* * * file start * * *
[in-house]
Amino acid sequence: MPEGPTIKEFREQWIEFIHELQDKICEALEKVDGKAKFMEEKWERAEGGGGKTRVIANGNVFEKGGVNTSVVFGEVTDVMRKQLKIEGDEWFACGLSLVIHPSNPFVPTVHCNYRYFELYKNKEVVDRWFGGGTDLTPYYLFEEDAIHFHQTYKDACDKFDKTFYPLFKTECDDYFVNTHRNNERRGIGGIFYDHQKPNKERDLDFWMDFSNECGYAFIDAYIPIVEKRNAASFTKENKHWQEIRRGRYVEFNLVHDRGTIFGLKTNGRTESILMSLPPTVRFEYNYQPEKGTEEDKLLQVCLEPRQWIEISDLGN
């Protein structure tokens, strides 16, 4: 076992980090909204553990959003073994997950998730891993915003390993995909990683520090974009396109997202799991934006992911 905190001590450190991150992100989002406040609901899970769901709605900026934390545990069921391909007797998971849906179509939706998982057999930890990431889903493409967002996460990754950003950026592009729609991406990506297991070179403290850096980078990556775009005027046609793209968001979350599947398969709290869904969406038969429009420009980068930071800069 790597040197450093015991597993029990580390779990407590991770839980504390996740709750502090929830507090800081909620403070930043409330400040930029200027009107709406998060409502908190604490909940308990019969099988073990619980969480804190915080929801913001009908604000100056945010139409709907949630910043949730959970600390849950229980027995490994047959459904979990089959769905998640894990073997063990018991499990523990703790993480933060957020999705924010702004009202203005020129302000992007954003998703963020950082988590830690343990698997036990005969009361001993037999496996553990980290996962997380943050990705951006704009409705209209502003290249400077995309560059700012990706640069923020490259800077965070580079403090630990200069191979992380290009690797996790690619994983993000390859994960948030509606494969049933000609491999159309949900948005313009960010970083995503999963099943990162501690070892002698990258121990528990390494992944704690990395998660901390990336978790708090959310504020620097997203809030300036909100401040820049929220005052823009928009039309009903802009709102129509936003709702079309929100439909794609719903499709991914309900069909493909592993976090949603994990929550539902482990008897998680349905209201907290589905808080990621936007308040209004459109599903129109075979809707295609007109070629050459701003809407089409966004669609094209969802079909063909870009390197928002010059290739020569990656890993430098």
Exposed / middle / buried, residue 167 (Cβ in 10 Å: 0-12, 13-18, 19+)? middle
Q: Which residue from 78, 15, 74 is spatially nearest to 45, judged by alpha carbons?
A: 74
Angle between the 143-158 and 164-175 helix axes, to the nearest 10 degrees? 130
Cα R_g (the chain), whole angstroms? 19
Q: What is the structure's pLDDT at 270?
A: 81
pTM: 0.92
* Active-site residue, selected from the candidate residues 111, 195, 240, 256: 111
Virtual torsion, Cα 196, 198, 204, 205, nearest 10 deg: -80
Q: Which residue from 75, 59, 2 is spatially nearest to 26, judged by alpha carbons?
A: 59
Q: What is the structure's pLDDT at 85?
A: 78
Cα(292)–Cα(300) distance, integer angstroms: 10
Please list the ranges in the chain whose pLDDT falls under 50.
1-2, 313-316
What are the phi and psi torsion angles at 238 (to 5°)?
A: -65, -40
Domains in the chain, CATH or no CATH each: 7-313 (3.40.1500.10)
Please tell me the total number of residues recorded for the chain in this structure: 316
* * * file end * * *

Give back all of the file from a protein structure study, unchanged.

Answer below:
[in-house]
Amino acid sequence: MPEGPTIKEFREQWIEFIHELQDKICEALEKVDGKAKFMEEKWERAEGGGGKTRVIANGNVFEKGGVNTSVVFGEVTDVMRKQLKIEGDEWFACGLSLVIHPSNPFVPTVHCNYRYFELYKNKEVVDRWFGGGTDLTPYYLFEEDAIHFHQTYKDACDKFDKTFYPLFKTECDDYFVNTHRNNERRGIGGIFYDHQKPNKERDLDFWMDFSNECGYAFIDAYIPIVEKRNAASFTKENKHWQEIRRGRYVEFNLVHDRGTIFGLKTNGRTESILMSLPPTVRFEYNYQPEKGTEEDKLLQVCLEPRQWIEISDLGN
């Protein structure tokens, strides 16, 4: 076992980090909204553990959003073994997950998730891993915003390993995909990683520090974009396109997202799991934006992911 905190001590450190991150992100989002406040609901899970769901709605900026934390545990069921391909007797998971849906179509939706998982057999930890990431889903493409967002996460990754950003950026592009729609991406990506297991070179403290850096980078990556775009005027046609793209968001979350599947398969709290869904969406038969429009420009980068930071800069 790597040197450093015991597993029990580390779990407590991770839980504390996740709750502090929830507090800081909620403070930043409330400040930029200027009107709406998060409502908190604490909940308990019969099988073990619980969480804190915080929801913001009908604000100056945010139409709907949630910043949730959970600390849950229980027995490994047959459904979990089959769905998640894990073997063990018991499990523990703790993480933060957020999705924010702004009202203005020129302000992007954003998703963020950082988590830690343990698997036990005969009361001993037999496996553990980290996962997380943050990705951006704009409705209209502003290249400077995309560059700012990706640069923020490259800077965070580079403090630990200069191979992380290009690797996790690619994983993000390859994960948030509606494969049933000609491999159309949900948005313009960010970083995503999963099943990162501690070892002698990258121990528990390494992944704690990395998660901390990336978790708090959310504020620097997203809030300036909100401040820049929220005052823009928009039309009903802009709102129509936003709702079309929100439909794609719903499709991914309900069909493909592993976090949603994990929550539902482990008897998680349905209201907290589905808080990621936007308040209004459109599903129109075979809707295609007109070629050459701003809407089409966004669609094209969802079909063909870009390197928002010059290739020569990656890993430098």
Exposed / middle / buried, residue 167 (Cβ in 10 Å: 0-12, 13-18, 19+)? middle
Q: Which residue from 78, 15, 74 is spatially nearest to 45, judged by alpha carbons?
A: 74
Angle between the 143-158 and 164-175 helix axes, to the nearest 10 degrees? 130
Cα R_g (the chain), whole angstroms? 19
Q: What is the structure's pLDDT at 270?
A: 81
pTM: 0.92
* Active-site residue, selected from the candidate residues 111, 195, 240, 256: 111
Virtual torsion, Cα 196, 198, 204, 205, nearest 10 deg: -80
Q: Which residue from 75, 59, 2 is spatially nearest to 26, judged by alpha carbons?
A: 59
Q: What is the structure's pLDDT at 85?
A: 78
Cα(292)–Cα(300) distance, integer angstroms: 10
Please list the ranges in the chain whose pLDDT falls under 50.
1-2, 313-316
What are the phi and psi torsion angles at 238 (to 5°)?
A: -65, -40
Domains in the chain, CATH or no CATH each: 7-313 (3.40.1500.10)
Please tell me the total number of residues recorded for the chain in this structure: 316